Killer Joe is a dirty, violent noir, trading classy gumshoes and dames for greasy white trash, trailer parks and savagery. Director William Friedkin (The Exorcist) and writer Tracy Letts (who wrote the screenplay based on his original stage play) revel in the depravity, and the result is a southern-fried cult classic.
Drug dealer Chris (Emile Hirsch) has just returned to his family’s trailer park, seeking help. He’s in deep to a local gangster, who promises to dispatch him in a most horrible way should he be unable to repay his debt. He appeals to his dad, Ansel (Thomas Haden Church), who’s so podunk stupid and broke he can barely carry a conversation. And while Ansel can’t give Chris the cash, he’s more than susceptible to a get-rich-quick scheme — murdering his ex-wife, Chris’s mother, who has an insurance policy worth $50,000. They just need someone to bump her off, and know just the guy for the job — a detective with a profitable side business as a murderer-for-hire, named Killer Joe (Matthew McConaughey).
The family is happy to kill off ol’ mom, none more so than stepmother Sharla (Gina Gershon), Ansel’s skeezy wife, and Chris’s sister Dottie (Juno Temple), whose loopy behaviour is likely due to a botched attempt to smother her when she was a baby. There’s a snag, however — Killer Joe’s fee is substantial, and Chris is broke. In a moment of weakness or generosity (or something much more sinister), Joe offers them a deal — to let him keep Dottie as a retainer, who will be returned after he’s paid in full. Best laid plans being what they are in the movies, things go awry pretty quick and the insurance scheme quickly spirals out of control with sex, lies and blood. And then things get really horrifying.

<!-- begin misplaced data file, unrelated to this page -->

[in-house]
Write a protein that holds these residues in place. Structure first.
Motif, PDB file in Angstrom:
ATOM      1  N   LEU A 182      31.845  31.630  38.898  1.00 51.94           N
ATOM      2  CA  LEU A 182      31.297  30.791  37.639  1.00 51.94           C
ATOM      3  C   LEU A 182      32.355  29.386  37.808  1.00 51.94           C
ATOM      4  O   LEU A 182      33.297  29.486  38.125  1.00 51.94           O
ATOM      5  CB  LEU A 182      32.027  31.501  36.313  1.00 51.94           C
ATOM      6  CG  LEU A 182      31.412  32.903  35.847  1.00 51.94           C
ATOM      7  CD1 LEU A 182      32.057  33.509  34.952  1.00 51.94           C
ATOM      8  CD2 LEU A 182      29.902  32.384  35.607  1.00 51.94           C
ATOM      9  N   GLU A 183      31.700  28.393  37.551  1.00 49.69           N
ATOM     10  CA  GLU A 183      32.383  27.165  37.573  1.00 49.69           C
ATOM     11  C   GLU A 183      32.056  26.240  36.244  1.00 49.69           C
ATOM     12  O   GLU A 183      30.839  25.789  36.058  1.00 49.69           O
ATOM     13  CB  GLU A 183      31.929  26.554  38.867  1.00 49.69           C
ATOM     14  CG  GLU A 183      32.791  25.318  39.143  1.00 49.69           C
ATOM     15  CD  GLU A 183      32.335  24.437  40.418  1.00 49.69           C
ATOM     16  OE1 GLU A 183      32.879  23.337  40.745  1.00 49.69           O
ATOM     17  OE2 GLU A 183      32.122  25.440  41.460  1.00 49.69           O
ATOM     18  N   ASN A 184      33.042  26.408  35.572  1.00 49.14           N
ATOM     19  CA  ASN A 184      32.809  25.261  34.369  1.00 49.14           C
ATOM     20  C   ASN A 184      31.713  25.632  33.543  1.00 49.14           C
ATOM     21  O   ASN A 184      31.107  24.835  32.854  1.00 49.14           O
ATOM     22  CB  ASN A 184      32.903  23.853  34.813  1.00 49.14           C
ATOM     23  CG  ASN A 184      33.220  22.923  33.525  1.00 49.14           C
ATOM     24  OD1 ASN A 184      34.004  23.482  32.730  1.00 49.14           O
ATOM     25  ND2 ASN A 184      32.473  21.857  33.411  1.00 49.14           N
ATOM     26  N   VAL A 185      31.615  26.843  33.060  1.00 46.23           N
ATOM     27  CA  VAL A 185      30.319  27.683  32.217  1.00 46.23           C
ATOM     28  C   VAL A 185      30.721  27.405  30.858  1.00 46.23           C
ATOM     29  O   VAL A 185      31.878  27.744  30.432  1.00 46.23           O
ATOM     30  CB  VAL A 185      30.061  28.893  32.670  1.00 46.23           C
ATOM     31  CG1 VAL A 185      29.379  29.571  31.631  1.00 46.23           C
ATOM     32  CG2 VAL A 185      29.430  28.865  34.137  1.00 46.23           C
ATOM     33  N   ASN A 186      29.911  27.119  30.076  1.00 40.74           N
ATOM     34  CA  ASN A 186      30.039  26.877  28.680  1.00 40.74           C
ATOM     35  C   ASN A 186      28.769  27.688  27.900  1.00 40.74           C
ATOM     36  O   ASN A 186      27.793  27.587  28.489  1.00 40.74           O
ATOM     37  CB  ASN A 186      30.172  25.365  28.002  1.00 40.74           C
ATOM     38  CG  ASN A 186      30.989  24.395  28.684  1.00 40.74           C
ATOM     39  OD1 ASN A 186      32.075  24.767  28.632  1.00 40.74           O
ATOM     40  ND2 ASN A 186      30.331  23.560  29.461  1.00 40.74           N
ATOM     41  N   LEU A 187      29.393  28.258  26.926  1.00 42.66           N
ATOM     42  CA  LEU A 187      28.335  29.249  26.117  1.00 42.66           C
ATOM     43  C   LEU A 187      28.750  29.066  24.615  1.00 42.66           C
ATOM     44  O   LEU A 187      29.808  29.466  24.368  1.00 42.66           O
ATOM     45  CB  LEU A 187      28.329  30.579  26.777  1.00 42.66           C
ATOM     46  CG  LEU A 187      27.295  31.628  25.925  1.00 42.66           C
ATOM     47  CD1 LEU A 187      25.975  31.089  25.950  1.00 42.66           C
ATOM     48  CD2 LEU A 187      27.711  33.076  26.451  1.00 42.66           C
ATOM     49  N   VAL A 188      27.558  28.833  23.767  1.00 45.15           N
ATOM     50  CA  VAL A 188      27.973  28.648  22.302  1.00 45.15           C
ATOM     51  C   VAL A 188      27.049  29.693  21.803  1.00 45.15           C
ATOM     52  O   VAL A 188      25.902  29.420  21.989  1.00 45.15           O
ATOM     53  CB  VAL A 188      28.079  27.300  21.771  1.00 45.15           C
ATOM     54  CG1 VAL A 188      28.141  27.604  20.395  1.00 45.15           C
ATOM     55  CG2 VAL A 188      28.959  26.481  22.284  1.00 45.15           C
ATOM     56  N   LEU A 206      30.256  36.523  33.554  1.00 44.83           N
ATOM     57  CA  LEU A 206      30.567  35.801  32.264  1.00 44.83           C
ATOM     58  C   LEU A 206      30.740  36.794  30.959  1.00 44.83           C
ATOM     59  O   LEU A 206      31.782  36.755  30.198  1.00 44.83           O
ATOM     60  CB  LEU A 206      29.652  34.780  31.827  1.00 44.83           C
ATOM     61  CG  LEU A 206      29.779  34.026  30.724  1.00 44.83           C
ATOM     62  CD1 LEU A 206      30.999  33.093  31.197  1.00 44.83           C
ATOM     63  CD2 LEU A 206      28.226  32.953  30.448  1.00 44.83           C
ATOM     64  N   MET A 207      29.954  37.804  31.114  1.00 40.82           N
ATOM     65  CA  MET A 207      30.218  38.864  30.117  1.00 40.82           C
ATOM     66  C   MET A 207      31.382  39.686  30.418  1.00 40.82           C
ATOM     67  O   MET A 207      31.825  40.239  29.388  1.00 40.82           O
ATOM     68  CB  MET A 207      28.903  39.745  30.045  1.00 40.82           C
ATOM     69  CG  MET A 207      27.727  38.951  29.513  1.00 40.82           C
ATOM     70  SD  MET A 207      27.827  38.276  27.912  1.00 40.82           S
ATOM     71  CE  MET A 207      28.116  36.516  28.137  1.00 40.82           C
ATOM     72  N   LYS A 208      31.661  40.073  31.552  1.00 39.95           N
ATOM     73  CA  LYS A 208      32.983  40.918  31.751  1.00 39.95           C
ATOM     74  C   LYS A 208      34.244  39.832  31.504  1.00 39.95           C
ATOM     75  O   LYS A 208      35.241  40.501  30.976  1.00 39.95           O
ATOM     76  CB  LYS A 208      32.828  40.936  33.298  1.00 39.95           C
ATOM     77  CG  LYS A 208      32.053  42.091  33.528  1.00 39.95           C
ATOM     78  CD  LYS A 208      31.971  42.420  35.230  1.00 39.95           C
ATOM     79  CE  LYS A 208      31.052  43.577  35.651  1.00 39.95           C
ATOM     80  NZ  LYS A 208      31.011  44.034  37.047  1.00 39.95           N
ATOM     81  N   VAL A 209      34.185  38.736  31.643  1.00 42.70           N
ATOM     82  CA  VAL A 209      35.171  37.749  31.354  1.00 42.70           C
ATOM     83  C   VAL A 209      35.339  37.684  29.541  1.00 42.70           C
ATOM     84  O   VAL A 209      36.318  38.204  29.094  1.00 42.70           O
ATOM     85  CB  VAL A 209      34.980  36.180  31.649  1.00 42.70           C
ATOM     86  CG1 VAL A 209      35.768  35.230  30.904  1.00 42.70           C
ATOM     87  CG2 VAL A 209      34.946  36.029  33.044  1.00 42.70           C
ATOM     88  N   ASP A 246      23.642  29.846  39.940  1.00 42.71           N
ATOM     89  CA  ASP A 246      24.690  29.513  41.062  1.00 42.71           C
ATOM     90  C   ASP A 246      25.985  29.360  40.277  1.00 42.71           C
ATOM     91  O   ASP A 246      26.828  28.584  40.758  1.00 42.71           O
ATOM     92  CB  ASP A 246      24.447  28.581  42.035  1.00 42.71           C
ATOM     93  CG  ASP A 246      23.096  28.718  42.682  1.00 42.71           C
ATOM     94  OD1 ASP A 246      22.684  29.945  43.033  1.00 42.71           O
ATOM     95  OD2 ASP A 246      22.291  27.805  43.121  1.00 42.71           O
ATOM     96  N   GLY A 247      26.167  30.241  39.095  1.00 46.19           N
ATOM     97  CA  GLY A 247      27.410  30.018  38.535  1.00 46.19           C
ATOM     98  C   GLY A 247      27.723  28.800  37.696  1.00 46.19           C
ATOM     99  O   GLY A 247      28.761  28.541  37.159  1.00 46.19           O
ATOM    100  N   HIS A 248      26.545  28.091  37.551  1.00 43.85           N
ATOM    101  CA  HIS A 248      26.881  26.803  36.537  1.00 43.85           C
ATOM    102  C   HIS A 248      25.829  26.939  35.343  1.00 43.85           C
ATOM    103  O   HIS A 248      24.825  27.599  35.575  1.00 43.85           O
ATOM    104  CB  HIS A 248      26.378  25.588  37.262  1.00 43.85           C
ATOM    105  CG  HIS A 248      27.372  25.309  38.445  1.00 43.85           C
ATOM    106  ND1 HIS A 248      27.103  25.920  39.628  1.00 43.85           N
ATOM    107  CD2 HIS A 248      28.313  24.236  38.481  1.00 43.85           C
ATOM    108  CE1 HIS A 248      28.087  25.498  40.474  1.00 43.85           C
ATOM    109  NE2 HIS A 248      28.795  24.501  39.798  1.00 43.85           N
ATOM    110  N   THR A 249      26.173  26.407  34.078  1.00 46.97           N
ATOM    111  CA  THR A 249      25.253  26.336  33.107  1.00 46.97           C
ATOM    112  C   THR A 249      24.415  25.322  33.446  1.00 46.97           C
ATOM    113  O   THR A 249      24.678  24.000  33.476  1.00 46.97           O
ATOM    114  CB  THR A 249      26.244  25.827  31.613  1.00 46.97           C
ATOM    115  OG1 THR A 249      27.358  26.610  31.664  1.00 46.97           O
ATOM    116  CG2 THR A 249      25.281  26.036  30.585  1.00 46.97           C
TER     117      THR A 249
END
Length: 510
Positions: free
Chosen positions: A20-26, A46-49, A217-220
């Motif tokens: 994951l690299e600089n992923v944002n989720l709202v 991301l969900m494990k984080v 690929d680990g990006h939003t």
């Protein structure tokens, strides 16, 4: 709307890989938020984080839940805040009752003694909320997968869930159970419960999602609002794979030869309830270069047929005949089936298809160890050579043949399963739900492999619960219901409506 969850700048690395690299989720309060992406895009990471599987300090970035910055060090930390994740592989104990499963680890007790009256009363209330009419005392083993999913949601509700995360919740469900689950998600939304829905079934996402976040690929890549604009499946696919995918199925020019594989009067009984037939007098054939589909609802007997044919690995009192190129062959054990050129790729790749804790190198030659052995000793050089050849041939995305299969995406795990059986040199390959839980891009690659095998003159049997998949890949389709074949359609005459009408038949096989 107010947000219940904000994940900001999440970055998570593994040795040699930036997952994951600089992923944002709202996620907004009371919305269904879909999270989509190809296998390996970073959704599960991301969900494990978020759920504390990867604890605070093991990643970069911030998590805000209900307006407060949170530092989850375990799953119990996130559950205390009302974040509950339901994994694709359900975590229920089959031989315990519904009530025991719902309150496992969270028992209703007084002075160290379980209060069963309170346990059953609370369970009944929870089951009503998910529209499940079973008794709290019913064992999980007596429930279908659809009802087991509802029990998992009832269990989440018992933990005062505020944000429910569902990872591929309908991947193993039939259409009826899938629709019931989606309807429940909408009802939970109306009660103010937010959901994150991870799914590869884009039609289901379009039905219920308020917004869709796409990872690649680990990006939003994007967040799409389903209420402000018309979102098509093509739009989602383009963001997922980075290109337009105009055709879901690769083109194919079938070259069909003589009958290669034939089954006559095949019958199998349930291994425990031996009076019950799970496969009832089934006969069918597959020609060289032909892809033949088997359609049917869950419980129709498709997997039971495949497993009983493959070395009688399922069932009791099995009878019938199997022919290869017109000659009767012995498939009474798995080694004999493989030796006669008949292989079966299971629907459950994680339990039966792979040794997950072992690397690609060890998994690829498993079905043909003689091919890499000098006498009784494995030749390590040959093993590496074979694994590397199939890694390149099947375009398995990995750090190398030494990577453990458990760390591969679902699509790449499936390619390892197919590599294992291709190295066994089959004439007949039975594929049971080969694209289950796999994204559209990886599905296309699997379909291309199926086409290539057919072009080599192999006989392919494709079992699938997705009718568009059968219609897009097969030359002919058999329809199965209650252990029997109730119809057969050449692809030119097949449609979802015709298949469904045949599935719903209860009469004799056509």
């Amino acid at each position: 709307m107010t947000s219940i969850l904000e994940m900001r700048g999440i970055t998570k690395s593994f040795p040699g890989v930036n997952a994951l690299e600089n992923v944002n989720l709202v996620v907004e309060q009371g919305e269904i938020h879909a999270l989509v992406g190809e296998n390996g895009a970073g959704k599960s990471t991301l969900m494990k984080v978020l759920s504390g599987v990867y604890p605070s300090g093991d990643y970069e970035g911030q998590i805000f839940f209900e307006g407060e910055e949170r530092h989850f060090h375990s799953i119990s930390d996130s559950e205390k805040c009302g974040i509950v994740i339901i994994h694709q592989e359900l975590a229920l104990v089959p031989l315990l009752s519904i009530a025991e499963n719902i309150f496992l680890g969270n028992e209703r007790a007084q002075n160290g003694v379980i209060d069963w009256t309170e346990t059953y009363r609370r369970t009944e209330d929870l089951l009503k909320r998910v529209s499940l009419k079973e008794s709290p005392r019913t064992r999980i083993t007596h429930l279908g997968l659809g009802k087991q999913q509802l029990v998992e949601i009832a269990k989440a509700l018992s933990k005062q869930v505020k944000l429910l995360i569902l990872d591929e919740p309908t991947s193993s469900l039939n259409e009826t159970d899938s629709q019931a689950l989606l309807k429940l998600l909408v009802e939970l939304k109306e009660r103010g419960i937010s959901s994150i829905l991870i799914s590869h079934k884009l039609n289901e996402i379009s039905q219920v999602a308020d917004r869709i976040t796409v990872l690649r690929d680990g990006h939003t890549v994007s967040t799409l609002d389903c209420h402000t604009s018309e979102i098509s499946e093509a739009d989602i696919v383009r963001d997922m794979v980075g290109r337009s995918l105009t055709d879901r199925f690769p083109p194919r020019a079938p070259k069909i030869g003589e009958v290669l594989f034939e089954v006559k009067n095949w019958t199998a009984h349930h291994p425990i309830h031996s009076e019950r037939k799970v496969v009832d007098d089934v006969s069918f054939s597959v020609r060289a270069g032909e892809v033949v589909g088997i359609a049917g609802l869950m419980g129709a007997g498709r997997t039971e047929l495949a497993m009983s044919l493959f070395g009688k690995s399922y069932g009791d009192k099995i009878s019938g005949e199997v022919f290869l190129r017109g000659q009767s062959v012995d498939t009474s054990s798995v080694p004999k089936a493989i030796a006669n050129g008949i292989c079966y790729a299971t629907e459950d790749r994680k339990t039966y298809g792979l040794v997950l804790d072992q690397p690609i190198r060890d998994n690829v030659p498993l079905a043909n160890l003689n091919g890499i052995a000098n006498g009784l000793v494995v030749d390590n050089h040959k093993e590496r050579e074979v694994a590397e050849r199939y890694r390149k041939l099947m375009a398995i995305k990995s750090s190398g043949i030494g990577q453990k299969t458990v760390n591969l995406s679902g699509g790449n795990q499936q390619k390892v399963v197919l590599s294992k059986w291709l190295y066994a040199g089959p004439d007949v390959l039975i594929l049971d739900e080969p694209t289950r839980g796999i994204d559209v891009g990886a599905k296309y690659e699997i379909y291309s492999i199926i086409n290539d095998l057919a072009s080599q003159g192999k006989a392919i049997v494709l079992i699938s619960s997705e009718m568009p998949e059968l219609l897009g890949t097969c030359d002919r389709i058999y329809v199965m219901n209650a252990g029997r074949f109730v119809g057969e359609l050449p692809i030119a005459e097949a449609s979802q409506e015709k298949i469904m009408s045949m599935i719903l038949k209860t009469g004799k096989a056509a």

After rejected ratings appeals in the U.S., Killer Joe was given the kiss of death, an NC-17. While it isn’t wholly deserved, the film is deeply disturbing — particularly one notorious scene involving an inventive (and gross) use of fried chicken. Bizarre, hilarious and horrifying moments are scattered throughout, naked karate and some seriously unflattering nude photos among them. Letts’s screenplay is full of poisonously funny and cruel moments, with an unabashed perversity and sadness that will be too much for some viewers to handle. Friedkin photographs the grotesque proceedings beautifully, with flashes of purple lightning and deep shadows. Like the pair’s earlier film, the awesomely paranoid, crack-smoked fantasy Bug, Letts and Friedkin don’t pull any punches.
The real revelation, however, is McConaughey, whose resurrection from stoner stud to respected actor (also see this year’s Magic Mike) continues with, arguably, his best role yet. His villain is slick and professional, draped in black (with snakeskin shoes to match), and an icy persona that barely hides the monstrously huge evil within. The rest of the cast is up to the challenge as well, particularly Gershon, whose performance must’ve required a level of trust and endurance few would be willing to embrace as she does here.
Killer Joe is one of the best noir flicks in years, firmly entrenched in the works of authors like Harry Crews and Joe Lansdale, whose characters are warped by violence, poverty and a southern ego still wounded by the Civil War and Yankee pride. You won’t want to eat fried chicken ever again.